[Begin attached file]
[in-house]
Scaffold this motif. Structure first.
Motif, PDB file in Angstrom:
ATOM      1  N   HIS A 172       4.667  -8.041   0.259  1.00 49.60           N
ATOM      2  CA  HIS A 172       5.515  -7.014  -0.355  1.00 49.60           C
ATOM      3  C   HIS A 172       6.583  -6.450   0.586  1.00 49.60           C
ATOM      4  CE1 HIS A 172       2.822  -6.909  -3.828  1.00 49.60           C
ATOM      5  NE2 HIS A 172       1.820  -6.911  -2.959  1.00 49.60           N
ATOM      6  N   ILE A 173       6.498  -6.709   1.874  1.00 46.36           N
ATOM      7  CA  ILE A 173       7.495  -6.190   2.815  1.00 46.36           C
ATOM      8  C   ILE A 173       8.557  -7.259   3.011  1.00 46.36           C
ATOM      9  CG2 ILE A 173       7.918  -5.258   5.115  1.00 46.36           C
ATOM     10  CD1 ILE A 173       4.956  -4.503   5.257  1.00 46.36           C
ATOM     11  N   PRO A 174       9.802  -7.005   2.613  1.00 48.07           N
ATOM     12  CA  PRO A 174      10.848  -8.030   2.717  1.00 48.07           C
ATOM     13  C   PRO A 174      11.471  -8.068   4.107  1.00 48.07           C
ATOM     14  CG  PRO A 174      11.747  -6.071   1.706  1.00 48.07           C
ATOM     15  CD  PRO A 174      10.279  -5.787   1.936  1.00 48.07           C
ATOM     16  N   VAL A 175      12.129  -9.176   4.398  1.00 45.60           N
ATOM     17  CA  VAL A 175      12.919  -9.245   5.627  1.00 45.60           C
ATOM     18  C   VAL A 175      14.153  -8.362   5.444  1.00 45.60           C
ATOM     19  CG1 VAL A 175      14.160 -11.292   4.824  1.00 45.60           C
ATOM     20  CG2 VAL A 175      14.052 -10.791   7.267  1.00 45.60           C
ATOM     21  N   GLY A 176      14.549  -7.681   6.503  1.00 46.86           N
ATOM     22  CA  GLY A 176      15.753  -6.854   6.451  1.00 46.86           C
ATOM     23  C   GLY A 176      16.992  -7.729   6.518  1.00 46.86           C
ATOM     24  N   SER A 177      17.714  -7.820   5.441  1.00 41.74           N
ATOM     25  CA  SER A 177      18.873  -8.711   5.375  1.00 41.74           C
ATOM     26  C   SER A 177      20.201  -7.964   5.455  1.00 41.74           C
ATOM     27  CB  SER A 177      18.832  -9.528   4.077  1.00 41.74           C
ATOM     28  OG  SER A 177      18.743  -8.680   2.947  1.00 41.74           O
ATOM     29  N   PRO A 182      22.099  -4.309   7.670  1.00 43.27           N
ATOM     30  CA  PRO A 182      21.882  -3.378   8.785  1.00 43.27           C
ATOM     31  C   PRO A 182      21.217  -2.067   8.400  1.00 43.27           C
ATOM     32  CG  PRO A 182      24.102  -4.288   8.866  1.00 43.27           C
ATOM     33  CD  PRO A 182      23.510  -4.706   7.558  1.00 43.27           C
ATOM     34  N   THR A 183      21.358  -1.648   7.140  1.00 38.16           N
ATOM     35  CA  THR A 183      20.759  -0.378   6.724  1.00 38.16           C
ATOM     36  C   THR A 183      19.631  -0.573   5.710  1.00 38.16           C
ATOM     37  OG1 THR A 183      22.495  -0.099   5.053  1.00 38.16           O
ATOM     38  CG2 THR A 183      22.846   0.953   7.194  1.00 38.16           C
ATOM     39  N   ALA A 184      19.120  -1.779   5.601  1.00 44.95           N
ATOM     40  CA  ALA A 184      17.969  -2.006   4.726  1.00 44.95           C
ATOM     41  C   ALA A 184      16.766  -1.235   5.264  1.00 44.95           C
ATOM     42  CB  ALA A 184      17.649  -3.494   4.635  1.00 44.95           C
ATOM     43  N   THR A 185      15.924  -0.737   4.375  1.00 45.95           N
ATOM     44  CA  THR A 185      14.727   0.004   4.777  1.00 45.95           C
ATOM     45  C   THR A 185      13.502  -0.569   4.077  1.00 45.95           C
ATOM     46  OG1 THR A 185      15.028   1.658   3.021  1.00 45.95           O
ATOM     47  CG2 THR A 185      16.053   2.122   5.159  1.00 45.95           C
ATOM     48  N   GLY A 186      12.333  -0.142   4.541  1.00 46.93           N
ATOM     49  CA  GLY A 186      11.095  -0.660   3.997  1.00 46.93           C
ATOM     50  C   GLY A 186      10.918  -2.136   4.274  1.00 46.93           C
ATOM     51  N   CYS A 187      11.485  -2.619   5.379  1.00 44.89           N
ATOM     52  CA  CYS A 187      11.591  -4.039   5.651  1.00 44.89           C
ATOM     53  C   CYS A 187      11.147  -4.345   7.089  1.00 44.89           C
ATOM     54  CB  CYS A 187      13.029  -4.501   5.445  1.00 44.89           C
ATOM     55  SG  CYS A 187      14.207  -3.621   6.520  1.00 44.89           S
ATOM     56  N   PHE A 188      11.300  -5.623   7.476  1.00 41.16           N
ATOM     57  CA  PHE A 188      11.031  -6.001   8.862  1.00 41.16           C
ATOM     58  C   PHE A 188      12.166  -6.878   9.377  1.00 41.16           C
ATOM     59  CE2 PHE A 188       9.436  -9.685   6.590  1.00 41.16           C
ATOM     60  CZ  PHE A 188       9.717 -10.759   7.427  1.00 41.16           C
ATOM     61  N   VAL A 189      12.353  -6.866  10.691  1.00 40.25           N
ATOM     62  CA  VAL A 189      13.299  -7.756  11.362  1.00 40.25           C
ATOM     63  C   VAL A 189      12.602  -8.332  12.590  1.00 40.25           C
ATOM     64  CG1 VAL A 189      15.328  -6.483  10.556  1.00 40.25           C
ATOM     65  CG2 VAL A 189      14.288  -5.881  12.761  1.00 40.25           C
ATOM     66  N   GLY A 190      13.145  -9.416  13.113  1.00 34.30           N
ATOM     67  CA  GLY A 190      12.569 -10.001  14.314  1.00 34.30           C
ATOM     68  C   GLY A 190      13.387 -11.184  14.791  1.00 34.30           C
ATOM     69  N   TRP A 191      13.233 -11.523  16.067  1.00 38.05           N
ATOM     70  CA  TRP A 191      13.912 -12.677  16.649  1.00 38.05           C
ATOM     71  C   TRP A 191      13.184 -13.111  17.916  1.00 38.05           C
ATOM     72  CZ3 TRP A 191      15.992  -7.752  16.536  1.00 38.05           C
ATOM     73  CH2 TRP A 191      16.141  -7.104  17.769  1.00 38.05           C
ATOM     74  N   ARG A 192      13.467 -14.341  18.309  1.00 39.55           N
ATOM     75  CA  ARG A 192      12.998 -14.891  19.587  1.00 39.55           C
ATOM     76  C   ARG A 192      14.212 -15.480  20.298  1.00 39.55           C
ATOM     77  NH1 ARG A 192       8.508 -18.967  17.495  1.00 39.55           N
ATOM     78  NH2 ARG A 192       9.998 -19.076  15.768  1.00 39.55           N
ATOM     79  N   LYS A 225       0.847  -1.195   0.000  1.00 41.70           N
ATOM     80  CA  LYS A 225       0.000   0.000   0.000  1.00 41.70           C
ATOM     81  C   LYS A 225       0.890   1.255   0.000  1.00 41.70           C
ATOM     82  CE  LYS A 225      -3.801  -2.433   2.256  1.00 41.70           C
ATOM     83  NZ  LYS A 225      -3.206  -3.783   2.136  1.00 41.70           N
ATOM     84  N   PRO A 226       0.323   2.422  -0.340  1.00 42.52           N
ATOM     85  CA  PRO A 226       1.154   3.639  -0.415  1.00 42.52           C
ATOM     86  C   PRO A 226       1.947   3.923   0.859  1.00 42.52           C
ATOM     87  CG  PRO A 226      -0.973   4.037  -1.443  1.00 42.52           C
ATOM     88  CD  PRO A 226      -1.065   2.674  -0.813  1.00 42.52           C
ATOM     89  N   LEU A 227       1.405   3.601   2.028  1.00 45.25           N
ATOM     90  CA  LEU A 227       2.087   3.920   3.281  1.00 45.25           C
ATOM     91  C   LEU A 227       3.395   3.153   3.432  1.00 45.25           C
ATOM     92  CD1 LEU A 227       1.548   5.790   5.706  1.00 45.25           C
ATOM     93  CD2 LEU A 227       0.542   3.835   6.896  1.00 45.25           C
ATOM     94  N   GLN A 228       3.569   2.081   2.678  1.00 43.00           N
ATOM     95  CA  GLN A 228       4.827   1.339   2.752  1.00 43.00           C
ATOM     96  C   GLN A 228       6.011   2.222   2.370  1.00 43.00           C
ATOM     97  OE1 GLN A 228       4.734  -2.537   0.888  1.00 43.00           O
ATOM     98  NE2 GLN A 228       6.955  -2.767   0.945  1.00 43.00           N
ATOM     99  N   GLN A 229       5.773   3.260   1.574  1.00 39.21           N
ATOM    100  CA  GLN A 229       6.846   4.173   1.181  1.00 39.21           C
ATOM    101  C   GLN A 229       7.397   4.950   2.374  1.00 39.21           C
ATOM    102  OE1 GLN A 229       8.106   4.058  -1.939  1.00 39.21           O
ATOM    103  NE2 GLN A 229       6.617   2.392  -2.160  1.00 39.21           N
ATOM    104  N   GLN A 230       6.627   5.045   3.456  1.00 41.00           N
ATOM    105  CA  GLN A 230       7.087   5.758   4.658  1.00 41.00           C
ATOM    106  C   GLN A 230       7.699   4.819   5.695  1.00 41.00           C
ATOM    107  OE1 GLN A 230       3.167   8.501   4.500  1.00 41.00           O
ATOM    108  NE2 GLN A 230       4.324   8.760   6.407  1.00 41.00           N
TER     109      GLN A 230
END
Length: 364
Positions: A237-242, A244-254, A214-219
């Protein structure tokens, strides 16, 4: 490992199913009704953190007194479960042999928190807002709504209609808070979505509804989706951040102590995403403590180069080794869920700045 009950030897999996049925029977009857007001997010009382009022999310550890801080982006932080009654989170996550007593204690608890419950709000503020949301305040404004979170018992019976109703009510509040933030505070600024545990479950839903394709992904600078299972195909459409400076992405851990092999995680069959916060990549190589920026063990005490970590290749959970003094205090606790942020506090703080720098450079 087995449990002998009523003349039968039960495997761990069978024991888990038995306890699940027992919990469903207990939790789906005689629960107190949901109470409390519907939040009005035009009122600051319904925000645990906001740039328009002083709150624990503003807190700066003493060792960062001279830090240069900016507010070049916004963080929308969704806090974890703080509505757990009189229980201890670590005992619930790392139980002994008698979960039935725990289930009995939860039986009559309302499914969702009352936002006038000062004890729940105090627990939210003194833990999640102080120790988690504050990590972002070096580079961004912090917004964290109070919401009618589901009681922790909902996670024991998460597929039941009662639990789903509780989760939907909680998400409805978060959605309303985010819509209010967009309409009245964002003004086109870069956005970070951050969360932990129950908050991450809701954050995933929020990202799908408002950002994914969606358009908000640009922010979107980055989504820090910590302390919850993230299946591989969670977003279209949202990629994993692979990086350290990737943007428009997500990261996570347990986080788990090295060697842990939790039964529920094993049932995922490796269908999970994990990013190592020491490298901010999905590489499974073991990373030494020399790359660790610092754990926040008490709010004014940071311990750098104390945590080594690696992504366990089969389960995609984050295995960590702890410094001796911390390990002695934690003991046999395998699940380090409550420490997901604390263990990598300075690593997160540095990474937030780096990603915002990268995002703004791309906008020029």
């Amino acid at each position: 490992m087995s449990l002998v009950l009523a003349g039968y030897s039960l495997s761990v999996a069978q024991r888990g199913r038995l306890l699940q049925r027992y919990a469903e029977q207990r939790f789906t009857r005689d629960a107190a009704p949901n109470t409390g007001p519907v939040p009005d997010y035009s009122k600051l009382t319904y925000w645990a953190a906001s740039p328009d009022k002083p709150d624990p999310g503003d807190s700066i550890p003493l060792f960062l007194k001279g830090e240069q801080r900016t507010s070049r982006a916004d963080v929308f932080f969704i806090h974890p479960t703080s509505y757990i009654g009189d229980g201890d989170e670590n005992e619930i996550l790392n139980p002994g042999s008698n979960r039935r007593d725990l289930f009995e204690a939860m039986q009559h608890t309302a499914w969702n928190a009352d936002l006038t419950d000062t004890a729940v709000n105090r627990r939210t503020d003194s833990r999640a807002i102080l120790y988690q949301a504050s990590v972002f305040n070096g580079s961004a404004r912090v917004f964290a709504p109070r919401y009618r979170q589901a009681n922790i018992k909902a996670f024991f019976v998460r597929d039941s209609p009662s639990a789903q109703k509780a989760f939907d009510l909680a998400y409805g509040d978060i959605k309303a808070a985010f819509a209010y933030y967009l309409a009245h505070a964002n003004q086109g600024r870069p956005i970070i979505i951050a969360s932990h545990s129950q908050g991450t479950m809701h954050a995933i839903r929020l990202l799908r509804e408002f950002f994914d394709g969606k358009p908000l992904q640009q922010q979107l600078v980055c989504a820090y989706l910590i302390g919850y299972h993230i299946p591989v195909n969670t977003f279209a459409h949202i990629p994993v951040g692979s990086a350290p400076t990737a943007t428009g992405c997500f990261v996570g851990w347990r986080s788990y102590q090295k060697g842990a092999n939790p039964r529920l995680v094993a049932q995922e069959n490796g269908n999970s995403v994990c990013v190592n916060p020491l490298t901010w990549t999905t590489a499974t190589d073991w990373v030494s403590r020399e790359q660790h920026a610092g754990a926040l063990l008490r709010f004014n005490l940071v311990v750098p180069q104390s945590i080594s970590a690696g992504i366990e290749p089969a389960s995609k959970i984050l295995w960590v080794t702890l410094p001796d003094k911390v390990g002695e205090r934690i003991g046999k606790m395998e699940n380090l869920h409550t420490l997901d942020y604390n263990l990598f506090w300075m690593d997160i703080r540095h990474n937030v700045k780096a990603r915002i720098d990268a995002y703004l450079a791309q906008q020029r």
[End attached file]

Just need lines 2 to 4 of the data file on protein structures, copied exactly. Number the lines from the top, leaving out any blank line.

Scaffold this motif. Structure first.
Motif, PDB file in Angstrom:
ATOM      1  N   HIS A 172       4.667  -8.041   0.259  1.00 49.60           N